By Donna Wagstaff, M.D.
Family Practice Specialist
St. Anthony’s Medical Center
Ah, spring! It’s the time of year when those with green thumbs grab their shovels and potting soil from the shed and get to work making the world, or at least the garden, a prettier place.
There are many benefits to gardening. It stimulates the senses, provides emotional expression, and releases stress. Gardening also provides physical activity that improves endurance, flexibility and strength.
Unfortunately, every rose has its thorn, and gardening has many risks along with the benefits. Over-eager gardeners who dig right in without first warming up their muscles can experience aches, pains and stiffness – or worse. Gardening injuries vary widely, from simple blisters and sore muscles to debilitating backaches and repetitive strain injuries.
Here are some tips to protect yourself while gardening:
- Stretch your arm, back, neck and leg muscles before you begin, and take stretching breaks.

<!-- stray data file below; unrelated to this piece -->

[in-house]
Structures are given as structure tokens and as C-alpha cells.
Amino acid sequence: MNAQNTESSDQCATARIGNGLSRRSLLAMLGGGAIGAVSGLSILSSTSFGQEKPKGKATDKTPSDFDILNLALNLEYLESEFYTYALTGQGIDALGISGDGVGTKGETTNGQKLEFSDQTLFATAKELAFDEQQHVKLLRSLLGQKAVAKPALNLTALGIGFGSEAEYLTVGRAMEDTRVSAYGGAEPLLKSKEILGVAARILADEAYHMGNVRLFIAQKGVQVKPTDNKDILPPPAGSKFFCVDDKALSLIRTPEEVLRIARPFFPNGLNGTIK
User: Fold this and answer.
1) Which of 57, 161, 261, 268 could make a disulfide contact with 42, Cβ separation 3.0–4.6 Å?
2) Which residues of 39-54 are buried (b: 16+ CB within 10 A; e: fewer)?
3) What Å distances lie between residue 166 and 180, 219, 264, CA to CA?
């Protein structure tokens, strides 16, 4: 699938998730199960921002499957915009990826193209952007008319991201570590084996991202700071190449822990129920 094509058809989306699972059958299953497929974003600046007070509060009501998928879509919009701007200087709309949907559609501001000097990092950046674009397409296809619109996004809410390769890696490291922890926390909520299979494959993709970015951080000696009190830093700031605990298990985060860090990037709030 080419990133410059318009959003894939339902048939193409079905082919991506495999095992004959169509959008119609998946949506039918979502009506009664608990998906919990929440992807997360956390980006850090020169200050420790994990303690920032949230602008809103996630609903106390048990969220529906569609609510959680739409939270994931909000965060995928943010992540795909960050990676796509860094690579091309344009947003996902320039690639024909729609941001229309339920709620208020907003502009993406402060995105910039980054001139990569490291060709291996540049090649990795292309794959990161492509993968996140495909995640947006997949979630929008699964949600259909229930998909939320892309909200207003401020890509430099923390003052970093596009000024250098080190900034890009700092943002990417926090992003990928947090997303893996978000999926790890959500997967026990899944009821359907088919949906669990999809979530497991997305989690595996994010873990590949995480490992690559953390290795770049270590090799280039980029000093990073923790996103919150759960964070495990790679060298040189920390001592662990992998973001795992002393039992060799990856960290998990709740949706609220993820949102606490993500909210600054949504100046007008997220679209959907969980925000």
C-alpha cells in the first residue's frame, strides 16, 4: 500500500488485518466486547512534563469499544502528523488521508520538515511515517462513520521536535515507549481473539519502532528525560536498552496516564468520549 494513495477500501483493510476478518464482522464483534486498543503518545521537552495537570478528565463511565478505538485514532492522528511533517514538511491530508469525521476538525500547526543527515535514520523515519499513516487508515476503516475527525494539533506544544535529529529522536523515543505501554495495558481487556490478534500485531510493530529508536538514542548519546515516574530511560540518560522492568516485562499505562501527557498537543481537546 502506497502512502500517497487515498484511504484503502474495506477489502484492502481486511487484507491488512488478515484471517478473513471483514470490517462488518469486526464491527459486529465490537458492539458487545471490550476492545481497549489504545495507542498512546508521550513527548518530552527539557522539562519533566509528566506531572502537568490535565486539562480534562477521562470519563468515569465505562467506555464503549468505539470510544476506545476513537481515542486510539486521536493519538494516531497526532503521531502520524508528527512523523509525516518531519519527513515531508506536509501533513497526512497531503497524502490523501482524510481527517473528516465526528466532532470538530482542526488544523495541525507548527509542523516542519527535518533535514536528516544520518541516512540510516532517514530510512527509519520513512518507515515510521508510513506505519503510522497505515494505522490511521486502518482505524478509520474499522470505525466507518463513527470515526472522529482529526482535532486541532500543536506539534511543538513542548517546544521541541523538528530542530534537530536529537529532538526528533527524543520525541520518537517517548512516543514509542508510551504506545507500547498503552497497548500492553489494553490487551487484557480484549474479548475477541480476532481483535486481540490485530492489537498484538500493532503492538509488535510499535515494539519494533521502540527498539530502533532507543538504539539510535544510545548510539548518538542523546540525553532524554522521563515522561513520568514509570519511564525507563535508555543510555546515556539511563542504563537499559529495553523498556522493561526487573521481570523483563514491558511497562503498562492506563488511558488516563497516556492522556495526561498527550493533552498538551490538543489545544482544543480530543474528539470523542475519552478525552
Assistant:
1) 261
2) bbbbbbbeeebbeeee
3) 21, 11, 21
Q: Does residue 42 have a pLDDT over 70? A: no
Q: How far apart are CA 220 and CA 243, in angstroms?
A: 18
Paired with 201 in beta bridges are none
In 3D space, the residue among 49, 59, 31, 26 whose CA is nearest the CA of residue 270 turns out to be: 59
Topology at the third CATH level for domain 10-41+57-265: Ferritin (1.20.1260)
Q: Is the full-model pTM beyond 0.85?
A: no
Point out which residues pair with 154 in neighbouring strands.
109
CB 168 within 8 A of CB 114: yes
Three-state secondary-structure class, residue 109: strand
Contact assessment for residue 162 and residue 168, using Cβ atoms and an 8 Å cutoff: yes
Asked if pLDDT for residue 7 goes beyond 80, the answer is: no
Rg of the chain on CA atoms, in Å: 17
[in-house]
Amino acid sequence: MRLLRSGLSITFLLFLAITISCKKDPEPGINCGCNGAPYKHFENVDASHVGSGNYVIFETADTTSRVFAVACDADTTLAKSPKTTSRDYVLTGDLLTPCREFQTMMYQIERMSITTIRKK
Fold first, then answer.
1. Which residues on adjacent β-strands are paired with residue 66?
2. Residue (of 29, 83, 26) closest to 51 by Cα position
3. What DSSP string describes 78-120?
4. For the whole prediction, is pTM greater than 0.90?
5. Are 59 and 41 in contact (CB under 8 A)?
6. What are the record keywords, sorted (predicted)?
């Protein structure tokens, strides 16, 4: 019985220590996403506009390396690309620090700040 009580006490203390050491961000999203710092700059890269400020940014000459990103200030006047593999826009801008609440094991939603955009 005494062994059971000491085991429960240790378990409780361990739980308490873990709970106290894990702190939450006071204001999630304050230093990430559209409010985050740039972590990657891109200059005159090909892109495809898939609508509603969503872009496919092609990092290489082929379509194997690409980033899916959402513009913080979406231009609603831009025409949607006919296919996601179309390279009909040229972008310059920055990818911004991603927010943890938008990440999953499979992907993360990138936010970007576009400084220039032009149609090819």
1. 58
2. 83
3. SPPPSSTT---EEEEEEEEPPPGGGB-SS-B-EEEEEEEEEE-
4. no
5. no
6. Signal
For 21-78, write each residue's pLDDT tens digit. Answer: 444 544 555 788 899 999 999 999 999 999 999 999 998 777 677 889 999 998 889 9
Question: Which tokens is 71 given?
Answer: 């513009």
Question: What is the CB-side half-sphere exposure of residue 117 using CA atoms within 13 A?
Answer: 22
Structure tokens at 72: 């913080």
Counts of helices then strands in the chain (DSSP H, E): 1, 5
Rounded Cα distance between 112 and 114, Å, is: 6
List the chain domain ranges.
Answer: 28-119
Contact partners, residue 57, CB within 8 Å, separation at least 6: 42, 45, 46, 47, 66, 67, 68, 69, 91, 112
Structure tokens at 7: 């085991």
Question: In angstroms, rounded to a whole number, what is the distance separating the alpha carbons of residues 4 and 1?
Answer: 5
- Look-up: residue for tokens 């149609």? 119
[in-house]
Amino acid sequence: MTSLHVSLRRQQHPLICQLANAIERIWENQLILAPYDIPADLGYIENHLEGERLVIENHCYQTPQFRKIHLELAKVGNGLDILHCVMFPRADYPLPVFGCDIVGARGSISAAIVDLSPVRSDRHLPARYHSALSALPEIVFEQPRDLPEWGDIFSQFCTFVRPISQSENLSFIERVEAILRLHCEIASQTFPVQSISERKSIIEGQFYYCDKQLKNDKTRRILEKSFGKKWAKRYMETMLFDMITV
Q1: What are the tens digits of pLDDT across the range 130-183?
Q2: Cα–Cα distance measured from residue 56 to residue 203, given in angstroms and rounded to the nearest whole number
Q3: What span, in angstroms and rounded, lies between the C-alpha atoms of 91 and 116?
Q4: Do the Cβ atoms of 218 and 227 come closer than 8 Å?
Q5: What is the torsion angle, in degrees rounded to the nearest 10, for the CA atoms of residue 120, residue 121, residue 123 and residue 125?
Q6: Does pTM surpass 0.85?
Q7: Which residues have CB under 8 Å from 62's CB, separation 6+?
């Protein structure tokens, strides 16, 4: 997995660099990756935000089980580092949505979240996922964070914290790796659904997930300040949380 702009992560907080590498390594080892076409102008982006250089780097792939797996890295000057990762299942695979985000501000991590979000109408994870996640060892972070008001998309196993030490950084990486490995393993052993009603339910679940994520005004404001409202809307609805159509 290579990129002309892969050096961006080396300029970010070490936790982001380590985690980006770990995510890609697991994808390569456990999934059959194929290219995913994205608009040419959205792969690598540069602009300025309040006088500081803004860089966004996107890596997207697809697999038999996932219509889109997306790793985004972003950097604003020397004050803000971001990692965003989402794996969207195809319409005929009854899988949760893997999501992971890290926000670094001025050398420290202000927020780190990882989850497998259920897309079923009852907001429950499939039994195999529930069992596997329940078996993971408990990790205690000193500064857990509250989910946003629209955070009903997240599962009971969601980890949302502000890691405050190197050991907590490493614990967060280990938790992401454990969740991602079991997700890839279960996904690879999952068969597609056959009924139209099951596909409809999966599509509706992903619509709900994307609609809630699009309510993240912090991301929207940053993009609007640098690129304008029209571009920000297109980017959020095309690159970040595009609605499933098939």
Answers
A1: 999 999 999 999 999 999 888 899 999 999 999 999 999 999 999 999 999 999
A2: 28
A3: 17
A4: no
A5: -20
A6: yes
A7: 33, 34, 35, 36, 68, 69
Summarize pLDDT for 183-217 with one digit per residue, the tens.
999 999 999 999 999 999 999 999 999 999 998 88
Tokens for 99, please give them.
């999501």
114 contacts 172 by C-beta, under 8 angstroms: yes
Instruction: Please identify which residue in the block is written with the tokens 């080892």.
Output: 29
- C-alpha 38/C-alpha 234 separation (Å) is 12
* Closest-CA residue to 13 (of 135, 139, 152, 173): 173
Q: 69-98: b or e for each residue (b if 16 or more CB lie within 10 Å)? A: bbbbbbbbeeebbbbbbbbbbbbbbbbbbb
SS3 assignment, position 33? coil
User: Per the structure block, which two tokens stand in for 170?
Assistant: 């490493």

- When lifting, place your feet apart for good balance, bend your knees instead of your back, then lift gradually by straightening your knees.
- Don’t strain yourself by lifting overly heavy objects.
- Always keep the load as close to you as possible.
- Turn by moving your feet, not twisting.
- Use long-handled tools so you don’t have to bend, and work at ground level by resting on both knees and your free hand. Move often so you don’t have to reach.
Watch this video of Maureen Blackburn, a physical therapist and spine specialist at St. Anthony’s Medical Center, offering tips for preventing back injury while doing common garden activities: http://bit.ly/xwSMaX.
Dr. Donna Wagstaff, a family practitioner with a special interest in women’s health, is a member of St. Anthony’s Physician Organization. She practices at Telegraph Road Family Medicine, 4438 Telegraph Road, 314-543-5996. For a referral to any St. Anthony’s physician, call 314-ANTHONY (268-4669) or 1-800-554-9550.